national debt

Feb 11, 2009

The Have Less Versus the Have More

Again, the "Have Less" are being played against the "Have More," by the collectivist pundits. They are quick to pimp out the "poor" in an emotional claim that the "poor" are being robbed by the "rich." The poor do not pay taxes, so help me understand how this money is taken from them.

The wealth of this nation comes from its means of production. If that means of production decreases, there are fewer jobs and less wealth created. The government and the poor of this nation are consumers of that production - not producers.

Unlike some, I do believe that maintaining the infrastructor by the govenment is a plus in such areas as creating and maintaining roads, bridges, dams, et cetera.

There comes a point at which the cost of government is more than we can afford. When the government responds to recession with more spending or less taxes, it results in printing more money. If more money is printed, it becomes worth less. We call that inflation.

For those that are employed, they can somewhat keep up with the inflation in the cost of living. For those on a fixed income, that is not so. They see their buying power decrease daily.

Some of the fixed income issues are resolved by entitlement programs, but that results in more printing of money. The end result is the spiriling inflation rather than a leveling off.

This is particularly so when entitlements become such a high percentage of government spending. The increase in entitlements can account for every one of the yearly deficits since 2001, when Speaker of the House Dennis Hastart took office. The safety net became a hammock.

The cost of government has steadily climbed since 2001 as well. That can be calculated in a relative way by dividing the U.S. budget by the U.S. Gross Domestic Produce. That was less than 18.5% before 2001 and was beyond 21% with the 2007 budget.

During the campaign, President Obama said he would keep it down to the levels of President Reagan, which was, by his statement, 18.5%.

The best figure that President Obama claims of the Stimulus Plan is that it will create four million jobs. Regardless of how the final bill he signs is tuned to, it is going to be over $800 billion. If the Stimulus Plan is about jobs, then each of those jobs is going to be created at a cost of $200,000.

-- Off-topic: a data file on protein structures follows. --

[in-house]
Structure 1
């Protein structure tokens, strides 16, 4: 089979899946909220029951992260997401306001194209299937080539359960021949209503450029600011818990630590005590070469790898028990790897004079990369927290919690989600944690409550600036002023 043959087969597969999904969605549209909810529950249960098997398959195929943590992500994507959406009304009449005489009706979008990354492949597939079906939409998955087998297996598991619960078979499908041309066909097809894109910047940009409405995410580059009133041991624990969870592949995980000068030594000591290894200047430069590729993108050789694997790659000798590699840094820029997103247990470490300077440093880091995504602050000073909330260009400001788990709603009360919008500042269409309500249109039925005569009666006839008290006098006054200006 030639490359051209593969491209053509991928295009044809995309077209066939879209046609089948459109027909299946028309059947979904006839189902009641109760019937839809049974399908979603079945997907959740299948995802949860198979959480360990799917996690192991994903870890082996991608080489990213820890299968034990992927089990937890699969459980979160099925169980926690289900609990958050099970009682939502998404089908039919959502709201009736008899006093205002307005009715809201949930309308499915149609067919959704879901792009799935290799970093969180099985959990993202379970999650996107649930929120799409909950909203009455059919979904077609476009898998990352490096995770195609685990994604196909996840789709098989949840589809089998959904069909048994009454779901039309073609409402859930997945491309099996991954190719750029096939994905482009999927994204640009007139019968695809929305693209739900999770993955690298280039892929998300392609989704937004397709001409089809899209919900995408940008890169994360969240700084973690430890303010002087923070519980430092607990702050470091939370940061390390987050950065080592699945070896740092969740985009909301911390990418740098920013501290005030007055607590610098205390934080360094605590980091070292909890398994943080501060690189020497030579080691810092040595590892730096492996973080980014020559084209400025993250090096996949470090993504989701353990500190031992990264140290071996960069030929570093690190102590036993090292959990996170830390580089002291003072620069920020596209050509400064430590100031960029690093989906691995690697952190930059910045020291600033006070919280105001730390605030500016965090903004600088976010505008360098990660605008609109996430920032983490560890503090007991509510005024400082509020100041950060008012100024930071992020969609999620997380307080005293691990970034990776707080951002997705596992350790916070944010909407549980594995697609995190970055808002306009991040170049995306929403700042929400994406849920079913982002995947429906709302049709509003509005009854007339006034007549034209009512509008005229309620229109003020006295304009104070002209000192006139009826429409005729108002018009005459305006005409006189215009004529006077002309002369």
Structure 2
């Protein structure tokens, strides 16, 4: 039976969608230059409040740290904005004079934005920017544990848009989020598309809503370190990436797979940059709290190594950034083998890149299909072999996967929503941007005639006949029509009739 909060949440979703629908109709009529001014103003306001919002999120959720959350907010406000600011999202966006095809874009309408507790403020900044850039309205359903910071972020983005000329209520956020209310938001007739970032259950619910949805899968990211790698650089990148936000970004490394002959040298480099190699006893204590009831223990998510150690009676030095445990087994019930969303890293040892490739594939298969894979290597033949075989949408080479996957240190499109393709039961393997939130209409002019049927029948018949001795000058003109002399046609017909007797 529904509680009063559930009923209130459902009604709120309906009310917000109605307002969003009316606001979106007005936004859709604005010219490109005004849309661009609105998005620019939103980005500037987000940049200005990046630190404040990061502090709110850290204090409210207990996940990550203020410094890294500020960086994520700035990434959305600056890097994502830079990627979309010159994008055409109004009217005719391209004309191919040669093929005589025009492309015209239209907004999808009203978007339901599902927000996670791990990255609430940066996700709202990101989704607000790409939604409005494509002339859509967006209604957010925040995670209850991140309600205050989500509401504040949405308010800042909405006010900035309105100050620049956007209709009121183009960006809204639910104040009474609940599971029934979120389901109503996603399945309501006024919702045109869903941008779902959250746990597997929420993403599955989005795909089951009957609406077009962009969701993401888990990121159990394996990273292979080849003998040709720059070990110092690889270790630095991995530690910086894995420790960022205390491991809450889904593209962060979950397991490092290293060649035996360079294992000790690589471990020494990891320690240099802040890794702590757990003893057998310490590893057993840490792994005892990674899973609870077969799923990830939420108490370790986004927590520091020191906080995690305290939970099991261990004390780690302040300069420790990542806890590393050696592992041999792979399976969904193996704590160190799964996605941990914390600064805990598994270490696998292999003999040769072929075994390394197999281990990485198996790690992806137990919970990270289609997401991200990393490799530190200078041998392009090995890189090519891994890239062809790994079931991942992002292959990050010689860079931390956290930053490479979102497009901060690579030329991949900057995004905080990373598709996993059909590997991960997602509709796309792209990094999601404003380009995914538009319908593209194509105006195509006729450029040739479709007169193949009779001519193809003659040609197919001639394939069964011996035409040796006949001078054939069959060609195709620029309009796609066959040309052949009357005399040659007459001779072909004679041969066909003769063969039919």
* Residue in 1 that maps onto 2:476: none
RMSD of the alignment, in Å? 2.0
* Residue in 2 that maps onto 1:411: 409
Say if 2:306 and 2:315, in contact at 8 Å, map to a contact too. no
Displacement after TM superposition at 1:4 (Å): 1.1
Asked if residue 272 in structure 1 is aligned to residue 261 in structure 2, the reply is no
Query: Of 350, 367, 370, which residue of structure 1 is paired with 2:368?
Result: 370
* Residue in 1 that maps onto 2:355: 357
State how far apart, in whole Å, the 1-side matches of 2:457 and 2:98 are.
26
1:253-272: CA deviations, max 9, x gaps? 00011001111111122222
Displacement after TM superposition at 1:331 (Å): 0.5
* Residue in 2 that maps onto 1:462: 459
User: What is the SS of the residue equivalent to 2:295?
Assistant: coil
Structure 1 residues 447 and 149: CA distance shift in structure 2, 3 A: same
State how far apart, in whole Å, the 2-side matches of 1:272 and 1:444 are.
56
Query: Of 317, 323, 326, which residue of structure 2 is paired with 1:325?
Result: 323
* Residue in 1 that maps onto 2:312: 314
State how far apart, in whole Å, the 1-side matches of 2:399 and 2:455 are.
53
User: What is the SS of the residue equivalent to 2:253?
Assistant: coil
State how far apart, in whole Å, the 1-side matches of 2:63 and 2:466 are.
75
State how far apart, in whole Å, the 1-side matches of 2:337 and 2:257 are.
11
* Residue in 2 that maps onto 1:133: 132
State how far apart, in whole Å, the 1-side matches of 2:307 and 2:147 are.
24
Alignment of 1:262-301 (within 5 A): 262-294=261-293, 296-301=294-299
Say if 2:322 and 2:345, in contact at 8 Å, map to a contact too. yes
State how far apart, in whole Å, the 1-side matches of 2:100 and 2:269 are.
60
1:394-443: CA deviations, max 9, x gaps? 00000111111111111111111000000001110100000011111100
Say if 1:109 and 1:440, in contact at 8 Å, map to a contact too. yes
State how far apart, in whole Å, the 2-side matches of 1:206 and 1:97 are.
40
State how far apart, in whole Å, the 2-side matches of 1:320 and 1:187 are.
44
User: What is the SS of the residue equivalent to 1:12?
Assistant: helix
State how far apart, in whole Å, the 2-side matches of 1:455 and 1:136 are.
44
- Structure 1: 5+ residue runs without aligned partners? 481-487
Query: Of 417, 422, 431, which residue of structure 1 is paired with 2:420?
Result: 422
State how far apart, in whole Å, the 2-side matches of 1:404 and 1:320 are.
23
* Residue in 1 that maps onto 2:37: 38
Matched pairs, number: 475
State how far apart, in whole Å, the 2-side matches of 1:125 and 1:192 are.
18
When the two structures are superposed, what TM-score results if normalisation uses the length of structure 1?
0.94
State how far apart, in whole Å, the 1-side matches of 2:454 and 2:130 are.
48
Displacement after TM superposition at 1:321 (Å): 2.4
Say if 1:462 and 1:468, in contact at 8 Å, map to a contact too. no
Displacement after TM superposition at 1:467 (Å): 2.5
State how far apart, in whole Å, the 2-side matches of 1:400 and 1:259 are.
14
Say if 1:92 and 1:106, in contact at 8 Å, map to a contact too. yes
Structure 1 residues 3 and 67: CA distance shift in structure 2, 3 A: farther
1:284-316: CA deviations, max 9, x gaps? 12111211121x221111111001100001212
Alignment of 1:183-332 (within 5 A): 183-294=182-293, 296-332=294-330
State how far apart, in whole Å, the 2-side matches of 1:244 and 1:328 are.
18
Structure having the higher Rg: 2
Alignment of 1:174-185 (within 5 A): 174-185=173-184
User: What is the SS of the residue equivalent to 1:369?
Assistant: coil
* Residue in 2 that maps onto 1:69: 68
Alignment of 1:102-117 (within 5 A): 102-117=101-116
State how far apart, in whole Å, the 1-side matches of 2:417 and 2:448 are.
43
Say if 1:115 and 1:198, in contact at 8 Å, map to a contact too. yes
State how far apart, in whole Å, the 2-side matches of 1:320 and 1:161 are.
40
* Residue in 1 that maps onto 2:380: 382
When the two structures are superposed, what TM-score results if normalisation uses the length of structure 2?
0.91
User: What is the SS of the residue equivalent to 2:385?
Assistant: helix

As I wrote at first, I believe the infrastructure is a valuable investment for the government. This is particularly so in areas where private industry cannot create those things that are needed by the public, like roads, bridges, and dams. A little thought would add such alternatives as solar/wind generation and information technology (satellites/internet) as well. From looking at the budget, that is a very small percentage of the budget.

Most expenditures in the Stimulus Plan that are on my "dream list" of projects that have nothing to do with either creating jobs or building up the infrastructure. Unfortunately, they are not expenditures that are likely to stimulate the economy.

In regard to the politics of the Stimulus Plan:
If the Republicans are correct and the Democrats are wrong, the Stimulus Plan will stimulate a a return to Republicans to power. Bipartisanism is just a way to avoid that.

On the other hand, if the Republicns are wrong and the Democrats are correct, the Democrats will claim a great victory and demolish the Republican Party for a century.

If three million jobs are not created and the economy continues to spiral downward, it will not go well with the Democratic Party. If the increase in spending and printing money cause the economy to go into an inflation spiral, then there will be fewer Democrats in office.

If the unemployment rate goes into double digit figures, then there will be a loss of the House in two years. If it continues after that, there will be a loss of the Senate.

Since a similar stimulus plan was attempted by Japan in the 1990s and failed, it gives good reason for the confidence of the Republican Party in rejecting the Stimulus Plan of 2009.

If this were a stock market issue, the bullish Democratic Party is buying on the margin and the Republican Party is bearish and selling short.

1 comment:

site said...

This won't succeed in reality, that is exactly what I think.

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